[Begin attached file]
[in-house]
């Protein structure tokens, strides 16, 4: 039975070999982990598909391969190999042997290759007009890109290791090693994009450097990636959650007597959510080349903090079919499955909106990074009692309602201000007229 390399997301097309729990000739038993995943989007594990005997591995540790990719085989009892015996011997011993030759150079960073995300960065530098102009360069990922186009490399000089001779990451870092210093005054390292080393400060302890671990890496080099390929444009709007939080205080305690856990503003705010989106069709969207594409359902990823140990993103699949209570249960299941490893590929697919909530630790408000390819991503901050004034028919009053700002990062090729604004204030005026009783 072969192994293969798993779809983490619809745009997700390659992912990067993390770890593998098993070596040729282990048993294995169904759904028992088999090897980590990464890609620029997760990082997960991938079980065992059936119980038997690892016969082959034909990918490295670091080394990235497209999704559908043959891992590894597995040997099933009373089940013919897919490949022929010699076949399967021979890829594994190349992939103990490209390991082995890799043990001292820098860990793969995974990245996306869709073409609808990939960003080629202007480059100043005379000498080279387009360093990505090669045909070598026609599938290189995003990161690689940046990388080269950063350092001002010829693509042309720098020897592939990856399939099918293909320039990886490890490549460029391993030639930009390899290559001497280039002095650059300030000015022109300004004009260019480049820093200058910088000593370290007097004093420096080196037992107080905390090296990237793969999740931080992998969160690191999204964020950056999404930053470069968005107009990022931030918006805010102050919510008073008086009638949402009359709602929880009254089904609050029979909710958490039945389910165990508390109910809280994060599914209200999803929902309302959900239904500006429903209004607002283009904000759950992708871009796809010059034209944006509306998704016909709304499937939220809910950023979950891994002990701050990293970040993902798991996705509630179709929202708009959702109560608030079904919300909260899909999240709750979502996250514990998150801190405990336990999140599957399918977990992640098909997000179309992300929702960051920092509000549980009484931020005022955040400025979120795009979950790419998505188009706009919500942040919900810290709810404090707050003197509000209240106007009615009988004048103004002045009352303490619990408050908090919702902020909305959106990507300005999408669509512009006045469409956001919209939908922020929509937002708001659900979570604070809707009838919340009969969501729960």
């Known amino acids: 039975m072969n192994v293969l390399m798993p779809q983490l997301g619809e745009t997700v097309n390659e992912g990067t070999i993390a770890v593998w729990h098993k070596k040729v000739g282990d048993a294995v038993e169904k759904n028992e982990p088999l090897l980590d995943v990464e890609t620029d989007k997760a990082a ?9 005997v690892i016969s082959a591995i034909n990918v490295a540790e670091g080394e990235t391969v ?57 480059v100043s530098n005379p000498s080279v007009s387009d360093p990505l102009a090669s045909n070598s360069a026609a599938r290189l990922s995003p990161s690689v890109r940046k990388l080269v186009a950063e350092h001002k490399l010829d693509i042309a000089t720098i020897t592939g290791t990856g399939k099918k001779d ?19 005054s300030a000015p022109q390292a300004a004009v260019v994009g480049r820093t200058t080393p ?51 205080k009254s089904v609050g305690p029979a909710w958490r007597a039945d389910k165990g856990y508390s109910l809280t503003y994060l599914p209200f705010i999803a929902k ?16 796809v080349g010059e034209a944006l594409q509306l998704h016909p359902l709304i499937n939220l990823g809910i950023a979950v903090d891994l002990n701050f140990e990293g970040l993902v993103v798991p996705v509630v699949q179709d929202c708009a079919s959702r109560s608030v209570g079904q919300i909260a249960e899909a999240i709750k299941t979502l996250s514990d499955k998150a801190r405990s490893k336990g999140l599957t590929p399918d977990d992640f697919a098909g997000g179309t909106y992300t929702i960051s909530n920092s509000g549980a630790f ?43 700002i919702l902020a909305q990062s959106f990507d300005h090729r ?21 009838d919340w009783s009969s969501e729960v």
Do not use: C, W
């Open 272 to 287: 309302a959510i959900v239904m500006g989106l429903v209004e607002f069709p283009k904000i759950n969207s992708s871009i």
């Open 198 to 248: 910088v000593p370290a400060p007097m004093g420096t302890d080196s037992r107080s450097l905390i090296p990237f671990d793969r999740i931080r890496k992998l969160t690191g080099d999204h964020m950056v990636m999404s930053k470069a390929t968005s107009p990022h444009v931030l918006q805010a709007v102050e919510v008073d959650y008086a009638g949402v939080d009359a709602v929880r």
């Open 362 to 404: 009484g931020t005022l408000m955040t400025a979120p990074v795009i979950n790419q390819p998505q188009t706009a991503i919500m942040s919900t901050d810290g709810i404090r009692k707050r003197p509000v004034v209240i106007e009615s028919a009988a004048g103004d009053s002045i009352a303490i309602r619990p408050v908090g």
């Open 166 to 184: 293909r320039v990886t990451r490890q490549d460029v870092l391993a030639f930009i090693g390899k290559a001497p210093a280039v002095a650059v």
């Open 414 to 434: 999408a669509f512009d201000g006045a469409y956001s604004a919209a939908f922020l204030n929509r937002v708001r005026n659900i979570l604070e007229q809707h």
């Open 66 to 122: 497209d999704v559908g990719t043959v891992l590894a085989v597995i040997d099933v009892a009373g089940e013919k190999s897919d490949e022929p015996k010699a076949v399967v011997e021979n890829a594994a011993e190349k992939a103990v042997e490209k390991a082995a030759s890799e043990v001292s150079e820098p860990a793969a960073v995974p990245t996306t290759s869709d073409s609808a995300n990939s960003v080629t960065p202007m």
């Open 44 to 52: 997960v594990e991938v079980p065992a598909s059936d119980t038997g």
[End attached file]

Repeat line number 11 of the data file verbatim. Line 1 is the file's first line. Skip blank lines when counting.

């Open 44 to 52: 997960v594990e991938v079980p065992a598909s059936d119980t038997g």